From an investment point of view, 2019 turned out far better than anybody expected.
Investors were rattled after a bumpy end to 2018, with markets plunging in the final quarter due to US President Donald Trump's trade war with China, fears over the affects of rising US interest rates on global growth, Italy's stand-off with the European Union and Brexit.
The MSCI World index ended 2018 more than 8 per cent lower, while emerging markets fell around 14 per cent, with Argentina, Turkey and Venezuela plunging into crisis.
Yet markets recovered strongly in 2019 and the post-financial crisis bull run has continued. So who were the winners and losers?
Global stock markets soared an impressive 24.6 per cent in the year to November 29, while the rampant US market did even better, up 27.9 per cent.
Europe climbed nearly 20 per cent, the UK more than 13 per cent and emerging markets a little more than 10 per cent, MSCI figures show.
Romain Boscher, global chief investment officer for equities at asset manager Fidelity International, says investor confidence grew as it became clear the US Federal Reserve was shifting tack on interest rate increases.
After four rate hikes in 2018, the Fed warned of another three increases this year, only to cut three times instead as growth slipped. Cheaper borrowing costs boosted markets by making consumers and businesses feel richer, while also reducing the attraction of leaving money in low-yielding cash or bonds.
Mr Boscher says company earnings also started to recover. “The continued resilience of the US consumer means we expect a soft landing for the global economy in 2020.”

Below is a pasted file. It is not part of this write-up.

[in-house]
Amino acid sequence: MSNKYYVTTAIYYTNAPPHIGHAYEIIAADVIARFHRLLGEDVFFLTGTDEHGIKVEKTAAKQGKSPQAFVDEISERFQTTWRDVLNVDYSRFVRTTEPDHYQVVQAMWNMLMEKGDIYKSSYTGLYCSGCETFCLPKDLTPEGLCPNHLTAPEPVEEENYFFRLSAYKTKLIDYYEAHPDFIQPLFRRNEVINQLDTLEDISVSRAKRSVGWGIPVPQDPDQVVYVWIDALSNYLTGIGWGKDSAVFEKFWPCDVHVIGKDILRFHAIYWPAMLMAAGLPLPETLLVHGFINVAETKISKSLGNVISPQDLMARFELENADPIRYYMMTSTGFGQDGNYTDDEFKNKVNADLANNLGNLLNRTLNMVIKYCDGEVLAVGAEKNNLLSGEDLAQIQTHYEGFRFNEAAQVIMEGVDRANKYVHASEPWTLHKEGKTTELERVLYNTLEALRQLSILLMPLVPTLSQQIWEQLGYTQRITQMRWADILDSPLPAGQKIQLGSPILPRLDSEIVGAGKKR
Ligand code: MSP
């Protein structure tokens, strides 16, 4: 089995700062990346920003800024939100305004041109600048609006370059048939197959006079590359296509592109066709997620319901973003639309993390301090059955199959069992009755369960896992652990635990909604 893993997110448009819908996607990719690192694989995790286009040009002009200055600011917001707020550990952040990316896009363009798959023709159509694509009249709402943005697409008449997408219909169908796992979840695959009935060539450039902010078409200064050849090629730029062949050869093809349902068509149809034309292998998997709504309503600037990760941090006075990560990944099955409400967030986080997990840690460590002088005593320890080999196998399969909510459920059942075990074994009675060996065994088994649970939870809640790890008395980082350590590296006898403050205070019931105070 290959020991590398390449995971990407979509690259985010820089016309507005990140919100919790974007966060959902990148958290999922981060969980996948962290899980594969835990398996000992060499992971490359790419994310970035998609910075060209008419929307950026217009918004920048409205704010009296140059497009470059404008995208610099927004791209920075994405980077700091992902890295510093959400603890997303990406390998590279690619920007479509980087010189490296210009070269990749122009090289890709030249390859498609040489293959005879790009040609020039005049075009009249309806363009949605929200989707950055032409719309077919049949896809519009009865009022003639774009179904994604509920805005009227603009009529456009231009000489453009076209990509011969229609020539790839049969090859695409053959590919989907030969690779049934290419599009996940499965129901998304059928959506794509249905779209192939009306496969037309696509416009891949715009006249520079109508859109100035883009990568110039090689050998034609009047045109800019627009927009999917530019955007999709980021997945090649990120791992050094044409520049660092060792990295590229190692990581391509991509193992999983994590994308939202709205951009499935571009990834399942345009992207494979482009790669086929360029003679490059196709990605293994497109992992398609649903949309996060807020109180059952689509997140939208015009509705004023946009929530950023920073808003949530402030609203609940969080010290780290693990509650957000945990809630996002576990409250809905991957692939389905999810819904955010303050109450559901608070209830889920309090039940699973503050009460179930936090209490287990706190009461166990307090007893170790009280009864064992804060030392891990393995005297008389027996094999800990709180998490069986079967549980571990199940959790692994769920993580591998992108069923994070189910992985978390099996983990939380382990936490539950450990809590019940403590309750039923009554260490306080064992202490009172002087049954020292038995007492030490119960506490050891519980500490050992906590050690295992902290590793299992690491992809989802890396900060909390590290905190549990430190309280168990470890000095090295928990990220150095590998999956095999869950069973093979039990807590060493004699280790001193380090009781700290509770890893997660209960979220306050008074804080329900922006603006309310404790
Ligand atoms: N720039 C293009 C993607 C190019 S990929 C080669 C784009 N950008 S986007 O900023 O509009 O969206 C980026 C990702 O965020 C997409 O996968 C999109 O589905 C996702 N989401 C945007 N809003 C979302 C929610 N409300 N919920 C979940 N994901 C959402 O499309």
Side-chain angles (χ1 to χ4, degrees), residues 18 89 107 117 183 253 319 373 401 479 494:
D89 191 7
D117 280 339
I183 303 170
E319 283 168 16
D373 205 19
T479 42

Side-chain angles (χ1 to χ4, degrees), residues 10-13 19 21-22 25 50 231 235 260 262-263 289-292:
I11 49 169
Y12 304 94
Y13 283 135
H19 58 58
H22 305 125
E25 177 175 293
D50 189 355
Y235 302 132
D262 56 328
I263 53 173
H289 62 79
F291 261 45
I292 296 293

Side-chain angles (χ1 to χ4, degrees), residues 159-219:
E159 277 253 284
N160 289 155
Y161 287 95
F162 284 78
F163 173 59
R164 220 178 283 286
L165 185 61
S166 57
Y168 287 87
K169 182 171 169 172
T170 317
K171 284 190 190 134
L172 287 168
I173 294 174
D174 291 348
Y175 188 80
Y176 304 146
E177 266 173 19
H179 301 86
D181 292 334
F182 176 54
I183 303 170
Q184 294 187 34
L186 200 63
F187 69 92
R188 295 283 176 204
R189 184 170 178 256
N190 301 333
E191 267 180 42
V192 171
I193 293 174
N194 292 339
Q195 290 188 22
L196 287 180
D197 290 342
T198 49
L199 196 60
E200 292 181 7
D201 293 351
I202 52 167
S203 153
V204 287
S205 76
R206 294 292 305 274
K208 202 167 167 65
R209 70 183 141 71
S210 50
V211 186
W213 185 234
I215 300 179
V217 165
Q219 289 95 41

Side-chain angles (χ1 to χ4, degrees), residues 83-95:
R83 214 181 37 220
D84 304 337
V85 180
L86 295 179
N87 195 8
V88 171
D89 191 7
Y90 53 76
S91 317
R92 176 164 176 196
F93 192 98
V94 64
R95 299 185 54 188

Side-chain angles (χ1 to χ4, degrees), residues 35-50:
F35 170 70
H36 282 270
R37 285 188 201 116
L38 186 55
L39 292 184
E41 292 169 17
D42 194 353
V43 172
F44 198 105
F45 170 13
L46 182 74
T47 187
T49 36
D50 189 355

Emerging markets have trailed this year, partly due to the impact on China of Mr Trump's continued trade war, but Kevin Anderson, head of investments in the Asia-Pacific region at State Street Global Advisers, says emerging market shares offer value over the longer term. "Investors may require a bit of patience, though," he says.
Bonds hold steady
The much feared bond market meltdown was averted once again, and the Fed can take much of the credit. Bonds pay a fixed rate of interest, which makes them more attractive when interest rates are falling, driving up bond prices.
David Kohl, head of currency research at private bank Julius Baer, says falling inflationary expectations, recession fears and ongoing trade tensions also supported bonds, a traditional safe haven. “They posted very good returns in 2019 with moderate volatility.”
However, they offer little in the way of income, with 10-year US Treasuries yielding just 1.8 per cent, while German and Japanese government bonds have negative yields.
Globally, around $17 billion (Dh62.4bn) of global bonds have negative yields, which means investors are actually paying for the privilege of holding them.
It has been another rotten year for savers, with more than 30 central banks cutting interest rates around the world. “Returns on cash continued to crash in Europe, Switzerland and Japan, as well as the US,” Mr Kohl says.
Offshore savings rates are wafer thin, with HSBC's Easy Access Saver Account paying only 0.15 per cent in its US dollar version, 0.10 per cent on sterling, and nothing on euros, forcing many to take a risk on shares to get a better return.
The last year has been good for gold, the price up more than 17 per cent, according to Goldprice.org.
The precious metal is a traditional safe haven and demand typically rises in uncertain times. Gold does not pay any income, but that is less of a drawback given the current low or even negative yields on cash and bonds.
Fawad Razaqzada, technical analyst at currency traders Forex.com, says this has helped drive gold higher, along with uncertainty over whether the stock market bull run can last. “Gold is supported by historically-low interest rates, while bond yields aren’t going to rise materially any time soon. We remain bullish,” he says.